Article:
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Autumn Nations Series Week Three: Talking Points

Autumn Nations Series Week Three: Talking Points

Autumn Nations Series Week Three: Talking Points

Week three of the Autumn Nations Series always promised plenty and, across an action-packed 48 hours, it delivered everything and more.

Scotland pushed South Africa all the way, Ireland overawed New Zealand and England recorded an eighth successive win against Australia – and that was just Saturday.

On Sunday, France warmed up for their own All Black challenge by beating Georgia before Wales and Fiji played out an absorbing game in Cardiff.

Here are the key talking points.

Sensational Ireland refused to be intimidated 

It was not the result that was the most impressive aspect of Ireland’s latest historic victory over New Zealand in Dublin on Saturday – it was the manner in which it was achieved.

A week after dismantling Japan 60-5 with a free-flowing attacking display, Ireland produced yet another sensational performance to take down the world No.1 side on home soil again.

From the very first whistle, the home side showed their ambition and after Andrew Conway’s early break, it was not long before James Lowe finished a superb backline move in the corner.

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Despite the All Blacks taking the lead into the half-time break, Ireland showed no signs of doing anything different in the second half as they started at a breathless pace once again.

Two more tries from Ronan Kelleher and Caelan Doris were just reward for their attacking endeavour, forcing New Zealand to make more than 250 tackles over 80 minutes.

Andy Farrell praised his side for their bravery after Ireland’s 29-20 triumph – their third win in five Tests against the All Blacks – and they certainly deserved all the plaudits after this showing.

Scotland ‘shot themselves in the foot’ on Hogg’s big day

It was the story of two try doubles at BT Murrayfield. 

Makazole Mapimpi scored one either side of half-time to help South Africa wear down Scotland, winning 30-15 in Edinburgh.

And for the hosts, captain Stuart Hogg also crossed once in each half with his 24th score for his country drawing him level at the top on the all-time Scottish try scorers list.

Hogg was left frustrated on the day he became the most-capped full-back of all time, overtaking Irishman Rob Kearney, with his 87th start in the No.15 jersey.











Scotland showed glimpses of a blueprint that could overturn the world champions, Finn Russell spraying kick-passes left and right to help unpick the physical Springbok defence.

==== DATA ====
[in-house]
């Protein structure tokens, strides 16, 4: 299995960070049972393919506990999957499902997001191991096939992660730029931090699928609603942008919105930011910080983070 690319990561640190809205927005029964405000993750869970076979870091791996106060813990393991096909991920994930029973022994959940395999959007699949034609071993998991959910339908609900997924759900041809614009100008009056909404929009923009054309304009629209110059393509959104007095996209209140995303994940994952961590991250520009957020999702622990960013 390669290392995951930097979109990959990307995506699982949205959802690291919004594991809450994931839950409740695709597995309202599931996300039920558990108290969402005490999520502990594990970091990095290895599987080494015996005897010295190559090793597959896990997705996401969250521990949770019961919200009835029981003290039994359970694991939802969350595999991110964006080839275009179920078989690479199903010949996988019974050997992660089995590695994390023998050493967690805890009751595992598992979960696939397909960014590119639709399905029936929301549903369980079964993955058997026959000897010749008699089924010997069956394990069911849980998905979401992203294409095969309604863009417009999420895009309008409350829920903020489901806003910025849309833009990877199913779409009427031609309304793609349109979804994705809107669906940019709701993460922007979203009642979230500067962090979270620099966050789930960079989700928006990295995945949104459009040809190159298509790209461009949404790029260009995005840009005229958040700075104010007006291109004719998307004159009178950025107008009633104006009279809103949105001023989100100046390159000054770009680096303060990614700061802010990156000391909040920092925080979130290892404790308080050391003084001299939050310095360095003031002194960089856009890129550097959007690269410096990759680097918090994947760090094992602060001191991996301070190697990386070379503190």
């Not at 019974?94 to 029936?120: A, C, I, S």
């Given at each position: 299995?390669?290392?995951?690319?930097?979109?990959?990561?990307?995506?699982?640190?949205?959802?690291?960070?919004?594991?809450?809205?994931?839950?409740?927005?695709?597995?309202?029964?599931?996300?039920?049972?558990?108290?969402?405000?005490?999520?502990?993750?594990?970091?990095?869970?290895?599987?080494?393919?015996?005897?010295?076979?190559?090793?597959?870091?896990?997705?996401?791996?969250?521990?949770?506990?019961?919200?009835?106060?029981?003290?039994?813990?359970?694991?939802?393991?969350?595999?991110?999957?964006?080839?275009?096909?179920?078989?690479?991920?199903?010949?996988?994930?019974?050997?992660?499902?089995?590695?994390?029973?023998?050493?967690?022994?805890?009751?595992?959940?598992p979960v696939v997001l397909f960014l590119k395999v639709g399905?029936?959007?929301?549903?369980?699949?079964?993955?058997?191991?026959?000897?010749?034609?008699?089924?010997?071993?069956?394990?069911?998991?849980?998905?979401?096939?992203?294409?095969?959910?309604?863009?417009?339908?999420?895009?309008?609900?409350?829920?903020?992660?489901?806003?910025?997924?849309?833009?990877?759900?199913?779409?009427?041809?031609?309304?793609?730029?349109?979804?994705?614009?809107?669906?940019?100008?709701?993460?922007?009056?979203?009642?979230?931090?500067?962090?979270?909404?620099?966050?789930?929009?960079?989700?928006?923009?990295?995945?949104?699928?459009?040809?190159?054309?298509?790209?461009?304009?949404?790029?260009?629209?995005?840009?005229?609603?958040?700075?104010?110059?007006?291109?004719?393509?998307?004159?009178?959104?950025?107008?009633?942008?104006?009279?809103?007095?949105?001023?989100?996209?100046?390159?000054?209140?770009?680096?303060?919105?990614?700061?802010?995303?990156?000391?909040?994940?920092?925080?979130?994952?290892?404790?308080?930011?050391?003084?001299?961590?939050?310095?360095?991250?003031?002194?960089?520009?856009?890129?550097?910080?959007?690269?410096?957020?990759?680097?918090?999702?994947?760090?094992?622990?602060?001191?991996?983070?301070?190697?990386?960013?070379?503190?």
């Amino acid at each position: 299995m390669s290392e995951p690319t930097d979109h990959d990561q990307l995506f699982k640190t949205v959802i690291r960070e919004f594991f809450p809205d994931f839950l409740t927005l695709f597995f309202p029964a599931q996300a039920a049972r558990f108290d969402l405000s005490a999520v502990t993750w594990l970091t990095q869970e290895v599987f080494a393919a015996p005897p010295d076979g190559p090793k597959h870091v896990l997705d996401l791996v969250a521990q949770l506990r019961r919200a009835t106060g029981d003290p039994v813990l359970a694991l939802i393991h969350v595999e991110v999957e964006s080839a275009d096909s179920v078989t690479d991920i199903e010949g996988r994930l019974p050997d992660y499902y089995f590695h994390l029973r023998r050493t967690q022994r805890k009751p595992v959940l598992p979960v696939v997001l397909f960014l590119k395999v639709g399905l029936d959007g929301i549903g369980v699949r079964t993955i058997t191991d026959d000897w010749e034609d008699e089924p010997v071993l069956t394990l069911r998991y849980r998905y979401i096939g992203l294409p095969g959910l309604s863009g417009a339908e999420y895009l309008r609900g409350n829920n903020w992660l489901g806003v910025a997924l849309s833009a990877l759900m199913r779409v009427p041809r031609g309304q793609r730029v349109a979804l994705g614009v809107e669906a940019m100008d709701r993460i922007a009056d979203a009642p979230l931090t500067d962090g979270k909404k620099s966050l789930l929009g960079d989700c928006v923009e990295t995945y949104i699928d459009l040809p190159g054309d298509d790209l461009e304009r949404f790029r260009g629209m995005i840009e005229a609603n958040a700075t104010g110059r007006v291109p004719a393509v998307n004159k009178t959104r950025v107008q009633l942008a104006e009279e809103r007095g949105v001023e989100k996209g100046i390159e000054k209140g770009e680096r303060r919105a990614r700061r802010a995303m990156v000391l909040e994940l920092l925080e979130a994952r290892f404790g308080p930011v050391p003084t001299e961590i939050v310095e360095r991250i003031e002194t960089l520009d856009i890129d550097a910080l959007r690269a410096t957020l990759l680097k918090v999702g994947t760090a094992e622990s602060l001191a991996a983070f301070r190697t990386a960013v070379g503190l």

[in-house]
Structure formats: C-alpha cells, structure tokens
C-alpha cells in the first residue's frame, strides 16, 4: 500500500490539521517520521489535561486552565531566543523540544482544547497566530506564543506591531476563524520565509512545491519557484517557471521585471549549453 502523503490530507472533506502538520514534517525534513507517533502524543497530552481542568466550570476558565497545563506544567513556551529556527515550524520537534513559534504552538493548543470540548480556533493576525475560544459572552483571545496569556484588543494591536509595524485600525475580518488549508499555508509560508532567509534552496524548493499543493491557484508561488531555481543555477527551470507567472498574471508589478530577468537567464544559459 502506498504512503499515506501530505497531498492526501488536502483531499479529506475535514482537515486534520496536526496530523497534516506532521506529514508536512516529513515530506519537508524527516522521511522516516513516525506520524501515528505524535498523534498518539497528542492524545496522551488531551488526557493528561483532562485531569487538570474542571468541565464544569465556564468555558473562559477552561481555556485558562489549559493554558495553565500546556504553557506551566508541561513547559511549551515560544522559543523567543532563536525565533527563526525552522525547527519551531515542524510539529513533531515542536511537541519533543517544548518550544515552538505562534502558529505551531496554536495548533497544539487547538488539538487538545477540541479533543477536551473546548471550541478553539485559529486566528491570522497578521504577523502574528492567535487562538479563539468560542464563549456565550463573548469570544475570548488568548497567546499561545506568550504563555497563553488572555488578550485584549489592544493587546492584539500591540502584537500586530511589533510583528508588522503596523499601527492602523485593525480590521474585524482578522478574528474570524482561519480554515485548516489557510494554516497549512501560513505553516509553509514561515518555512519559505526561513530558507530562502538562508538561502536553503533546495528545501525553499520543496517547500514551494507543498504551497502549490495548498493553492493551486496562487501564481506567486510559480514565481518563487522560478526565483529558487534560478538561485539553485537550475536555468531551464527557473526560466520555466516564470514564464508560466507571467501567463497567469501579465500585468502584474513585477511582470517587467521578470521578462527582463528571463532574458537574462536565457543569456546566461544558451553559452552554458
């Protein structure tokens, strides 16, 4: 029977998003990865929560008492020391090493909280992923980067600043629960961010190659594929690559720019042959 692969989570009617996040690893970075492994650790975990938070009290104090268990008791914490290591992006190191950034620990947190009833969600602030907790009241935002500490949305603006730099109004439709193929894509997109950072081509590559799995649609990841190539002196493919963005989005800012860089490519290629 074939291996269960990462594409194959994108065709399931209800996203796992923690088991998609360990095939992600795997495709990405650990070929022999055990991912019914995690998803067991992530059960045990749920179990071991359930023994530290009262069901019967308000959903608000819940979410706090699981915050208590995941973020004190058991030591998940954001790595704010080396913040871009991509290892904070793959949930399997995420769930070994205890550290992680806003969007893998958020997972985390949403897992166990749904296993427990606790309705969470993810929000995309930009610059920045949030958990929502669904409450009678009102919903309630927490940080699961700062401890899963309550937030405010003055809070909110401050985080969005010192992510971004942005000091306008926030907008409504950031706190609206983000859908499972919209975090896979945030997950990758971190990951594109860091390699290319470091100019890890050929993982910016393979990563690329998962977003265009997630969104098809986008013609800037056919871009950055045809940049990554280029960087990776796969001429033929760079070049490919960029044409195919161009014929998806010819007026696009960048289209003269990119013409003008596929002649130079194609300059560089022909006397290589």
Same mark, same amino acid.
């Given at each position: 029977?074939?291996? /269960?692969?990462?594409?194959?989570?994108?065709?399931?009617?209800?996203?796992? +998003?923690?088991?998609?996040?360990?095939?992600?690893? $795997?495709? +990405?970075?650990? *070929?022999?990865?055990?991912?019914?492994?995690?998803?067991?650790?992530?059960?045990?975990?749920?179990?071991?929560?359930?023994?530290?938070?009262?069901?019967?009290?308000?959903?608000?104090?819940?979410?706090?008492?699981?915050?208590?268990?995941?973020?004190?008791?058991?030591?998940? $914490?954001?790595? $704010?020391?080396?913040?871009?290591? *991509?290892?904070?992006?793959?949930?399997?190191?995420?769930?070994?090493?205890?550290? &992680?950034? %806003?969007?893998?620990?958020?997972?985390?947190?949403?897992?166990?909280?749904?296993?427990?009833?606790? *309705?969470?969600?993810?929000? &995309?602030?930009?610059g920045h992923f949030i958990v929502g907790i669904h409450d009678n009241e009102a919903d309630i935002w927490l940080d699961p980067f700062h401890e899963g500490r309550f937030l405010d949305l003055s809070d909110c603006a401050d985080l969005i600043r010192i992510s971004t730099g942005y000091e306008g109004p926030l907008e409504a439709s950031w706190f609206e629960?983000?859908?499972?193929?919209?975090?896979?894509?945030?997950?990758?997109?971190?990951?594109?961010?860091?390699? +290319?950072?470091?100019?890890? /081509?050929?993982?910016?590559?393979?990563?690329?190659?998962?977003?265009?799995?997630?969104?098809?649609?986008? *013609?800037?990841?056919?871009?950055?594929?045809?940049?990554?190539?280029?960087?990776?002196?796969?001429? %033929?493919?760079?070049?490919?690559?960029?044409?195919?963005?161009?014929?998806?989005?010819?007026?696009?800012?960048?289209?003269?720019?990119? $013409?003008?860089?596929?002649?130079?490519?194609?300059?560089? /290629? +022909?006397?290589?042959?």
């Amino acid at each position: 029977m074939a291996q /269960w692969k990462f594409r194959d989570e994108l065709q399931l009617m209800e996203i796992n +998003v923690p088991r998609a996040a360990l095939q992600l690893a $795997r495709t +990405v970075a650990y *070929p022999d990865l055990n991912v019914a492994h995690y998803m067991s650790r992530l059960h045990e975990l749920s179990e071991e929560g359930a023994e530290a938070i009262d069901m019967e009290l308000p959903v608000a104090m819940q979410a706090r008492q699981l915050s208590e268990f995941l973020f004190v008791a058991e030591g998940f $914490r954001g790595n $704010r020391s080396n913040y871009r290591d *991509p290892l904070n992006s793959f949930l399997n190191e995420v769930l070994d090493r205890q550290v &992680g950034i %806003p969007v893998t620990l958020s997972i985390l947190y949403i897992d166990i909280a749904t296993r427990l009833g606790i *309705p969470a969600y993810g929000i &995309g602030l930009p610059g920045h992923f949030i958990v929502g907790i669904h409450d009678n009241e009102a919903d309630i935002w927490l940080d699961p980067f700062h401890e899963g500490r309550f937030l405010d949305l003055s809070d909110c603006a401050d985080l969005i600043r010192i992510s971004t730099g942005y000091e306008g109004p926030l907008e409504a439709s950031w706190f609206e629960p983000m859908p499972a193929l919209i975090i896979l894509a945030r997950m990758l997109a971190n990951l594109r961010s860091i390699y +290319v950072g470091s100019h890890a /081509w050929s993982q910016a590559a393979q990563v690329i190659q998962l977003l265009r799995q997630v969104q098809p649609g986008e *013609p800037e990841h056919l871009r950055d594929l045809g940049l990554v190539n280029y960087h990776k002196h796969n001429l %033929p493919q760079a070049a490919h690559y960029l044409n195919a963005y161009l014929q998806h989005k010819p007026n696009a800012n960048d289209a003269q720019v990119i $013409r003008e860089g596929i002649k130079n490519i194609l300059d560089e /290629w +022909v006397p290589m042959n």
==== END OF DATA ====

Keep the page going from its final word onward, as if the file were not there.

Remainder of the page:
But in the words of Scotland’s captain, they “shot themselves in the foot” by giving away multiple breakdown penalties through ineffective clear-outs as Gregor Townsend’s side never managed to get a grip on the game despite leading 10-8 at half-time.

South Africa dominated possession and territory and with Mapimpi’s two nice finishes plus the boots of Elton Jantjies and Handré Pollard as well as one Frans Steyn monster penalty, they had too much for Scotland who could not muster much in the final quarter.

Powerful Argentina scrum a match for anyone 

Argentina ended their long wait for a win in Treviso but will have seen the step up that will be required to back it up when they take on Ireland next week.

In some ways, this was a very Irish performance from Los Pumas, who dominated Italy in the air and were devastating at the breakdown.

The Argentina team stand for the national anthem











Leading by example, Julian Montoya was a constant menace at every ruck, winning turnovers to kill Italian momentum on more than one occasion in the first half.

And in Juan Martin Gonzalez, Argentina look like they might have another great flanker to choose from, with the back five of their scrum unquestionably the strength of the team.

Now time for France to prove they can tackle bigger challenges 

France ran in six tries and proved too strong for Georgia, but there are still question marks over whether this team will be able to follow in Ireland’s footsteps and see off the All Blacks.

The combination of Matthieu Jalibert and Romain Ntamack looked more comfortable than a week ago, playing 50 minutes with the duo at 10 and 12 respectively before Jalibert shifted to full-back and Ntamack to fly-half for the last half-hour.











The problem for France was how lateral their attack was for large periods, struggling to break down the Georgian defence. Against an All Black defence that repelled countless Ireland attacks in Dublin, even in defeat, that will be a concern for France.

Under Fabien Galthié they have been incredibly clinical but that was not the case here and it will need to be at the Stade de France next weekend.

Poor discipline cost Flying Fijians 

The final scoreline of 38-23 clearly flattered a Wales side that struggled for the vast majority to impose themselves on an ill-disciplined Fijian outfit.

The visitors were down to 14 when wing Eroni Sau was sent off 25 minutes in and after receiving two more yellow cards, they ended up playing a quarter of the game with just 13 men on the field.











But Wales, themselves down to their bare bones with many senior stars on the treatment table, were only one point ahead before Louis Rees-Zammit scored in the 73rd minute, leaving many to question what would have happened if Fiji could have kept referee Nic Berry’s cards in his pocket.

Wayne Pivac admitted afterwards that there was plenty to improve ahead of Australia’s trip to Principality Stadium in their final Autumn Nations Series clash next week.

Fijian flair kept them in the contest throughout and certainly whet the appetite for when the two sides will meet in the Rugby World Cup 2023 pool stage.

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